Last Line: Are the extraordinary flowers %we carry, speechlessly, %intoour ordinary rooms


OVER OHIO       
First Line: You can say what you want about the evils of technology
Last Line: An andean condor sailing over ohio, above the factories, %above the dust and the highways and the mi


PACT       
First Line: It's an old truth, that always lurks behind the curtain
Last Line: Of that old truth, the one there waiting by the curtain


PHOTOGRAPH OF GIACOMETTI       
First Line: The man's life is his work
Last Line: A long shadow crossing the glazed street %to reclaim his body, before the rain does


PLEASURES OF OLD AGE       
First Line: When my grandmother lisette turned ninety-nine
Last Line: How she would gladly tremble for them again, %even now


POEM BY SOMEONE ELSE       
First Line: This is not my poem
Last Line: It is not my poem, %but only my brother's-- %who lives in another country


POEM FOR MY FATHER AT EIGHTY-FIVE AFTER CROSS-COUNTY SKIING       
First Line: It is as the good book says: he whom the gods love
Last Line: Turning my face toward the sun, correcting the world


POEM, AGAINST HESITATION       
First Line: Her tilted chin mimics the rise
Last Line: Oh, kiss her already, you fool, %the darkness surrounds us


POET, MARRIED       
First Line: He missed his loneliness
Last Line: Whatever it was he had left


PRAISE       
First Line: I roll from the bed mornings
Last Line: All I will remember %are last night's stars... %what they disturb, %and what they rectify


PRAYER FOR MY SON (FOR NOAH)       
First Line: Little bird, %small sacred flake
Last Line: But through passionate eyes


PUER AETERNUS       
First Line: The wax wings of icarus haunt you
Last Line: From the shadows: the kind voice of daedalus %whispers its warning as you head for the sun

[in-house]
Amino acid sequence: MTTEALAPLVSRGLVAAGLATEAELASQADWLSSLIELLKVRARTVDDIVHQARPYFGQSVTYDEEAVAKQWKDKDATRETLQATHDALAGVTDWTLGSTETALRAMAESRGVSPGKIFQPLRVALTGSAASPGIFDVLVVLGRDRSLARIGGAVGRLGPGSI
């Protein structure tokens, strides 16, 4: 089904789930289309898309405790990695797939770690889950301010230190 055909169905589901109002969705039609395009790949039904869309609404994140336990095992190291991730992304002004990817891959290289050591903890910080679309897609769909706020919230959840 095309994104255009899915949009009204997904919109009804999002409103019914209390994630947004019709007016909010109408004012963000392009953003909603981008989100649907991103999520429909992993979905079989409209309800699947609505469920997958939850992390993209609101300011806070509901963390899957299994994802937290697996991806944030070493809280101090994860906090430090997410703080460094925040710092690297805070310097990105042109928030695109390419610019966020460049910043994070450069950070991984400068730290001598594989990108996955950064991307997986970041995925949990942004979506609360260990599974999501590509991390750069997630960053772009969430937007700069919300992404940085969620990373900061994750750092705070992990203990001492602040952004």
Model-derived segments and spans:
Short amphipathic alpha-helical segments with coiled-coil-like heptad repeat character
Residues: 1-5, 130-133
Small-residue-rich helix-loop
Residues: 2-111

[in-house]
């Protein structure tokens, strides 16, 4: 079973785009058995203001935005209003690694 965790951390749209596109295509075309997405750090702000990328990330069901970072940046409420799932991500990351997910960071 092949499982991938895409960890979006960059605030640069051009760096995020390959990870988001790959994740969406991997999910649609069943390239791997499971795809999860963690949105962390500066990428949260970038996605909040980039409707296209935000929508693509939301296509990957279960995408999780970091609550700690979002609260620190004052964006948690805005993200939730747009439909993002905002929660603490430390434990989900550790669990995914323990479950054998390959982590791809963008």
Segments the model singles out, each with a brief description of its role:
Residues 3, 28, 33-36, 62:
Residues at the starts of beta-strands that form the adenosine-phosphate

PUZZLE       
First Line: In the old family photograph, they are all
Last Line: To speak your name quietly into their strange completeness


REFINISHING THE TABLE       
First Line: You still remember the nick your sister made
Last Line: Calling your sister, the dead trees and the %mute children of another life back to the table


RISK       
First Line: There are lives so safe you could weep for them
Last Line: All the risk I would ever need


SAMIZDAT'S MUSE       
First Line: He had been writing ambiguous love poems
Last Line: Not entirely of their own choosing


SAXOPHONE       
First Line: Just as the mind gasps and dies a little at orgasm
Last Line: Trembling the darkness, finding its way to you


SAY (FOR WENDY PARSONS)       
First Line: Say you have always wanted to be someone
Last Line: Gets in their way, in whatever guise r


SERIAL MONOGAMY       
First Line: For seven years I have been here loving your teeth
Last Line: Desire runs hot as surprise over your eyelids, toes, %your lovely new body


SNOWSTORM       
First Line: White's the crazed color of the day
Last Line: Whiteness of our lives before moving on once again %into the real and quotidian darkness of the next


SOME NIGHTS AT THIRTY       
First Line: Some nights you are the dirty girl from iowa
Last Line: Shifting me to first gear and pedaling like crazy, %in our old bed of fantasy and remarkable absence


SQUID       
First Line: So this is love
Last Line: And all nausea reduces, finally, to a hunger %for what is naked and approachable, %tangible and deli


STAMPS       
First Line: They are the world's licked emissaries


STONES       
First Line: We live in dread of something
Last Line: Not even the fish %will pause to tell apart


SUPERMARKET IN TEXAS       
First Line: They have mated an apricot %with a plum, they have cloned
Last Line: As god is my witness, or these witnesses my god
Subject(s): God; Markets; Miller, Arthur (b. 1915)


SWITCH-HITTERS    Poem Text    
First Line: How many home runs / mickey mantle hit
Last Line: Up and over the fence, a home run
Subject(s): Physical Disabilities; Handicapped; Handicaps; Physically Challenged; Cripples


SWITCH-HITTERS       
First Line: How many home runs %mickey mantle hit
Last Line: And up over the fence, a home run
Subject(s): Physical Disabilities


THE ACCOUNTANT    Poem Text    
First Line: This being cambridge, he too
Subject(s): Accountants & Accounting


THE CONNOISSEUR OF STARTS    Poem Text    
First Line: He loved the quick and hot commencements best


THE DISAPPOINTMENTS OF CHILDHOOD    Poem Text    
First Line: Imagine now, an affection the same size
Subject(s): Childhood Memories


THE FLIRTATION    Poem Text    
First Line: I am tired of looking at you through this glass
Subject(s): Desire


THE FORCES    Poem Text    
First Line: Who, having lived more than a moment